Search Results for 'Paul Moore'

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Captains’ prizes still swinging into action around Mayo

Balla

Shooting stars around the Mayo’s courses

Balla

Bunscoil students in the Jes, 1963

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In 1962, the Jesuit community in Sea Road celebrated the centenary of their school, and the following year they celebrated the centenary of the Church of St Ignatius. Eamon de Valera, who was president of Ireland at the time, attended the church celebrations, and our photograph today shows some of the students of the bunscoil applauding his arrival.

Grainne Uaile battle to go to the wire

Golf

The whole world smiles with you

I love Louis Armstrong’s version of the song ‘When You’re Smiling’.

Discoloured teeth

There is a perception that whiter teeth are healthy teeth. This is not always so, but even if you have healthy teeth you can consider many ways with modern dentistry to lighten them with bleaching and veneers. Below I have outlined some of the more common causes for discolouration.

Galway dental practice wins award

A Galway dental practice has been selected the overall winner for the west of Ireland at the inaugural Irish Dentist Awards.

Gate Dental Clinic named Best Practice of the West at the Irish Dental Awards

At the inaugural Irish Dentist Awards, Dr Paul Moore, Dr Paul Browne, Dr Emily Clarke, and Dr Ian Wellings of Gate Dental Clinic, Dock Road, Galway, were overall winners of the Irish Dentist Practice of the Year for the West of Ireland and the Best Website.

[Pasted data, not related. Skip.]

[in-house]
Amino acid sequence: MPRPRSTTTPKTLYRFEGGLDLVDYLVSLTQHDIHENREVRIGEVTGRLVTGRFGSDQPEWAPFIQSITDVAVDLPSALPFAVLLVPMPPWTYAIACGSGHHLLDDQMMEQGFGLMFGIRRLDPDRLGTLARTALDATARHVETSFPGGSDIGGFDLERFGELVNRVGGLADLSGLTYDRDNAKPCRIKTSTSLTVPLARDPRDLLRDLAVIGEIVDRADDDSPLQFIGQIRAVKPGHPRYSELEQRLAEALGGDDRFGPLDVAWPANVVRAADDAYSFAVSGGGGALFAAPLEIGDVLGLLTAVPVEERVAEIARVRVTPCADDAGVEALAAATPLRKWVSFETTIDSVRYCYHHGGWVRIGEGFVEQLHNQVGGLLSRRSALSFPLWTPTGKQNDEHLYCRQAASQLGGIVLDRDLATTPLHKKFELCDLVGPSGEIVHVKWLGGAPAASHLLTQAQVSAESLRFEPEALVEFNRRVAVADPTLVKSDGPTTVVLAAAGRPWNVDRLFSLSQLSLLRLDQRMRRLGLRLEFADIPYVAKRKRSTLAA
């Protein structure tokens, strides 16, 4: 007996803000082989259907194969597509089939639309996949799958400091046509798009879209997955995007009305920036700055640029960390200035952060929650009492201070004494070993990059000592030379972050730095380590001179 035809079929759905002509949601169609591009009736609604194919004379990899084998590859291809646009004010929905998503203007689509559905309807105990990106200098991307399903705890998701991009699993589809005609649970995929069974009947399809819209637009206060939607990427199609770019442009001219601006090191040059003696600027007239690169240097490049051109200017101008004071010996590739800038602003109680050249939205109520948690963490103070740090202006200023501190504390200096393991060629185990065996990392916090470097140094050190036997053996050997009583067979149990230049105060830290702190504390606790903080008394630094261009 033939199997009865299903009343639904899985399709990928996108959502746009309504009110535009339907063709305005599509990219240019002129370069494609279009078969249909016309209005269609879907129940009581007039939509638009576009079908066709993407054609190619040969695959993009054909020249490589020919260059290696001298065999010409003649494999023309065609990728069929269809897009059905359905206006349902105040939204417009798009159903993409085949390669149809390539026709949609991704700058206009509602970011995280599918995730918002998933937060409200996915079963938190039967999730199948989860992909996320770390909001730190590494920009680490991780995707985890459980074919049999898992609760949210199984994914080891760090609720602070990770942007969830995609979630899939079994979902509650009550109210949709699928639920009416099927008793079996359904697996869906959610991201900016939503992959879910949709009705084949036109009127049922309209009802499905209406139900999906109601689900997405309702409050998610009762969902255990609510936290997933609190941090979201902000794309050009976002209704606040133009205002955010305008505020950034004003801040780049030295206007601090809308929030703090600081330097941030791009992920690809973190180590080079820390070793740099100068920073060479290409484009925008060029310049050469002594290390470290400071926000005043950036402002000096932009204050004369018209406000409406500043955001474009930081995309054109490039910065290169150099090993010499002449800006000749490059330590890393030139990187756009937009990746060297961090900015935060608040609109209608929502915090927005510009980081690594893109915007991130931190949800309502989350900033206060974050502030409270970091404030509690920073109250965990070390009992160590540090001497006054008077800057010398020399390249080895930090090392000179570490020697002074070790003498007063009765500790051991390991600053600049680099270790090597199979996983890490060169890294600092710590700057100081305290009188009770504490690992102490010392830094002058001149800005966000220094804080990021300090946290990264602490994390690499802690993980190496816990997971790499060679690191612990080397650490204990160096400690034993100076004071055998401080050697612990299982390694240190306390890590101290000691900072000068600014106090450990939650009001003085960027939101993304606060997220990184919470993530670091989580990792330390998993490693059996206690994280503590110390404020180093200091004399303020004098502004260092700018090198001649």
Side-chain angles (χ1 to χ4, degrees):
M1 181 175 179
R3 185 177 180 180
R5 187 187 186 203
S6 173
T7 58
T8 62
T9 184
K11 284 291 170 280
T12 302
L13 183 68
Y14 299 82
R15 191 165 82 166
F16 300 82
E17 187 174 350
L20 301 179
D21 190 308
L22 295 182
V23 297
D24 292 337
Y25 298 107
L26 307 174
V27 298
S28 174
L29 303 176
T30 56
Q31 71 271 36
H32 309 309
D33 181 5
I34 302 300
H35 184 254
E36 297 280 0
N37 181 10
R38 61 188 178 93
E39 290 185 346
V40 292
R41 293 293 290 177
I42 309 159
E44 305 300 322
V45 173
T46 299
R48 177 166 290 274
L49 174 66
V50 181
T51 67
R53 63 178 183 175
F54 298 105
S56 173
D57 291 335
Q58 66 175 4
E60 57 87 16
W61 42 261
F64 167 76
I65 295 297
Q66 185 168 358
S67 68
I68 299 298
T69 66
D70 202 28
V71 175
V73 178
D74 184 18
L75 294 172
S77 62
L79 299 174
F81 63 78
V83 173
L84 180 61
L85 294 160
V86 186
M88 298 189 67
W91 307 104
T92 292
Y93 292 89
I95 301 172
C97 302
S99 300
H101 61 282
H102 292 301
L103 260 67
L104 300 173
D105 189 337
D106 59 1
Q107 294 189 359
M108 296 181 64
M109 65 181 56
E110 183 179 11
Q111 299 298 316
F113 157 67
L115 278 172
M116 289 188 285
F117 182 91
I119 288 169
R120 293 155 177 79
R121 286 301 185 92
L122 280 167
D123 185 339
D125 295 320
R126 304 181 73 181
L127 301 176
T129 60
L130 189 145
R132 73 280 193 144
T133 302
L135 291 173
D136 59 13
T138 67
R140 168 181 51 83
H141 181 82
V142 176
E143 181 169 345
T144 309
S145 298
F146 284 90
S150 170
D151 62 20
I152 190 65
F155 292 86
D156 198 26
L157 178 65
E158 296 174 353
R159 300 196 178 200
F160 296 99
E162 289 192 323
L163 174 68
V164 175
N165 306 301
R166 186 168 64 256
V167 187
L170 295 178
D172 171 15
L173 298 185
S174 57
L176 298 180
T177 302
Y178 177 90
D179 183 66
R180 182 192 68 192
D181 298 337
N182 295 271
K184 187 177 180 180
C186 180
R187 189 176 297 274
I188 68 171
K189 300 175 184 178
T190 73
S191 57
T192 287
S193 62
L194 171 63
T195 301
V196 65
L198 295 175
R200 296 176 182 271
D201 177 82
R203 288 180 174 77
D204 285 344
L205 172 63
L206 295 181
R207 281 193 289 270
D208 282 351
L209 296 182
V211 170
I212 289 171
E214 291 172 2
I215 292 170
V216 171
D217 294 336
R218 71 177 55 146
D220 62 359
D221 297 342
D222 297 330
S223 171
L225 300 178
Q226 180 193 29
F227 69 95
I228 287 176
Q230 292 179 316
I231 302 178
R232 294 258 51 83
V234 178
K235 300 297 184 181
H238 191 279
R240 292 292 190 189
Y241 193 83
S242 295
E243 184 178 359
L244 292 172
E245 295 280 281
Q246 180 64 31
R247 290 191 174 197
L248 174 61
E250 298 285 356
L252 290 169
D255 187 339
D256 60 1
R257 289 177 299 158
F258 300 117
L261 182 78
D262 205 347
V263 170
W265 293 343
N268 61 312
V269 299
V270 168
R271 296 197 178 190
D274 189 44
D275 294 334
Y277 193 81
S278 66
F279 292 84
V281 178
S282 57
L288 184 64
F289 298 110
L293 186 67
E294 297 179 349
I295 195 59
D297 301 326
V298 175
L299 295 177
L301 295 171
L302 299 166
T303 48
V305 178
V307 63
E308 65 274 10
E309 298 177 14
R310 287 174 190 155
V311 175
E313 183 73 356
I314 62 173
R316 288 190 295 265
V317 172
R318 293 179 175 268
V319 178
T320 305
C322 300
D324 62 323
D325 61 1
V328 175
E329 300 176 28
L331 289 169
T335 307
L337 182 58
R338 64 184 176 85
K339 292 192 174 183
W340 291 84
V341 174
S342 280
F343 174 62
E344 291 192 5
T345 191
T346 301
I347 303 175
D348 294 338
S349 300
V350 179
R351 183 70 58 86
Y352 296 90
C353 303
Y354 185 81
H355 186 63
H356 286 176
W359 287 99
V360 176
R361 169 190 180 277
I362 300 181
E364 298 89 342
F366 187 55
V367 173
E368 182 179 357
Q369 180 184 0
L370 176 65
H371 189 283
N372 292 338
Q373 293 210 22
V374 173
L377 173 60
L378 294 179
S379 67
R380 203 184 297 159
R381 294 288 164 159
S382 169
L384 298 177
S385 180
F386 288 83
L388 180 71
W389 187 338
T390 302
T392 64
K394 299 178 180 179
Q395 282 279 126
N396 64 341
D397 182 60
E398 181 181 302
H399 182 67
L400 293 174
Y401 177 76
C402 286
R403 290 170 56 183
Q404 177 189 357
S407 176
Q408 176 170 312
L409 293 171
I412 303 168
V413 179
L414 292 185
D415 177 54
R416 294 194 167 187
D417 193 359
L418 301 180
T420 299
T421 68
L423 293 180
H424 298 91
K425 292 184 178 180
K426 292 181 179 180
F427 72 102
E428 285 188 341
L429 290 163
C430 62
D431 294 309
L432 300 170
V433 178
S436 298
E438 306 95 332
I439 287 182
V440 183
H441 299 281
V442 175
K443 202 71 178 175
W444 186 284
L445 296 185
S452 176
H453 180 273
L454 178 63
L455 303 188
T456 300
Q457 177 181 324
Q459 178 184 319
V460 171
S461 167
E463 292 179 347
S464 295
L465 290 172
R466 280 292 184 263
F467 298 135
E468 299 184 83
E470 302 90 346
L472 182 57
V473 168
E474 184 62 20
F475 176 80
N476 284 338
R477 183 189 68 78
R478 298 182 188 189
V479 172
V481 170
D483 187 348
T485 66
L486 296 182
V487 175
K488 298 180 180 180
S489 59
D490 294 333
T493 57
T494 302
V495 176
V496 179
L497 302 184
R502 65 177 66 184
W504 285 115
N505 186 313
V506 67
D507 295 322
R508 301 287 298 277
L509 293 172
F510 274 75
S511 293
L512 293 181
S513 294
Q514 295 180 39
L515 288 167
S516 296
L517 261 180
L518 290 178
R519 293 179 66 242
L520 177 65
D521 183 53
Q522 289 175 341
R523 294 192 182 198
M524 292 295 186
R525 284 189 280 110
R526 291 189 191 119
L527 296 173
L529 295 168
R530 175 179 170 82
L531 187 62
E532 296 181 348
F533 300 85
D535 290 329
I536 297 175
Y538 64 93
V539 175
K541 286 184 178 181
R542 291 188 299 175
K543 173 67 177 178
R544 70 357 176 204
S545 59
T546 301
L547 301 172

Your local dentist

In Ireland we are blessed with a range of professional, dedicated, and experienced local dental services. We have an excellent selection of general dental practitioners providing care for the community and a range of more specialised dentists providing oral surgery, periodontics (gums), endodontics (root canal), orthodontics, (braces), paedodontics (children’s dentistry), technicians, and technology to rival anywhere in the world.

The first and most common reason for a filling is decay

Still by far the most common reason for a filling is decay. Sugar and bacteria combine to create acid. This acid attacks the enamel, and as the enamel dissolves the bacteria progress deeper into the tooth or around the old filling. It is the result of a simple chemical reaction. The less the quantity of sugar and, just as importantly, the less frequently you take the sugar, the slower the decay will progress.

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